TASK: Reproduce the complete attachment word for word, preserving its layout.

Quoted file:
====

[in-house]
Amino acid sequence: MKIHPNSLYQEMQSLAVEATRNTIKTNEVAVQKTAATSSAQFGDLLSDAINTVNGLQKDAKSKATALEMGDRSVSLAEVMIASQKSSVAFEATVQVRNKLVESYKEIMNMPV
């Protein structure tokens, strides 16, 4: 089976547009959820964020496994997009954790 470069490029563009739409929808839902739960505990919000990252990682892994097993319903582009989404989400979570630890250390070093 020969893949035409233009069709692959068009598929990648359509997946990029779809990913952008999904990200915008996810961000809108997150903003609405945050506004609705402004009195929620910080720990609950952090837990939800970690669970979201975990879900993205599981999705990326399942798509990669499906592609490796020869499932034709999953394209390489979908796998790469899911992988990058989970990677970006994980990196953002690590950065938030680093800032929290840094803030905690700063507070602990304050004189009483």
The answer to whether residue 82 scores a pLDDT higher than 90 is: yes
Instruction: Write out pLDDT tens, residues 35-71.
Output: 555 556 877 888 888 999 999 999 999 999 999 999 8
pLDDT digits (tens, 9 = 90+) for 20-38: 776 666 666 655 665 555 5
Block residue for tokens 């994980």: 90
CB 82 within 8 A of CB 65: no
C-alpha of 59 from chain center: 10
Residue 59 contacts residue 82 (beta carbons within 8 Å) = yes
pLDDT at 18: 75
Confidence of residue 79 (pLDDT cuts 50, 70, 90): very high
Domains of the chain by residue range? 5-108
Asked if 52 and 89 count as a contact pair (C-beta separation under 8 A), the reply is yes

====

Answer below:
[in-house]
Amino acid sequence: MKIHPNSLYQEMQSLAVEATRNTIKTNEVAVQKTAATSSAQFGDLLSDAINTVNGLQKDAKSKATALEMGDRSVSLAEVMIASQKSSVAFEATVQVRNKLVESYKEIMNMPV
């Protein structure tokens, strides 16, 4: 089976547009959820964020496994997009954790 470069490029563009739409929808839902739960505990919000990252990682892994097993319903582009989404989400979570630890250390070093 020969893949035409233009069709692959068009598929990648359509997946990029779809990913952008999904990200915008996810961000809108997150903003609405945050506004609705402004009195929620910080720990609950952090837990939800970690669970979201975990879900993205599981999705990326399942798509990669499906592609490796020869499932034709999953394209390489979908796998790469899911992988990058989970990677970006994980990196953002690590950065938030680093800032929290840094803030905690700063507070602990304050004189009483």
The answer to whether residue 82 scores a pLDDT higher than 90 is: yes
Instruction: Write out pLDDT tens, residues 35-71.
Output: 555 556 877 888 888 999 999 999 999 999 999 999 8
pLDDT digits (tens, 9 = 90+) for 20-38: 776 666 666 655 665 555 5
Block residue for tokens 């994980």: 90
CB 82 within 8 A of CB 65: no
C-alpha of 59 from chain center: 10
Residue 59 contacts residue 82 (beta carbons within 8 Å) = yes
pLDDT at 18: 75
Confidence of residue 79 (pLDDT cuts 50, 70, 90): very high
Domains of the chain by residue range? 5-108
Asked if 52 and 89 count as a contact pair (C-beta separation under 8 A), the reply is yes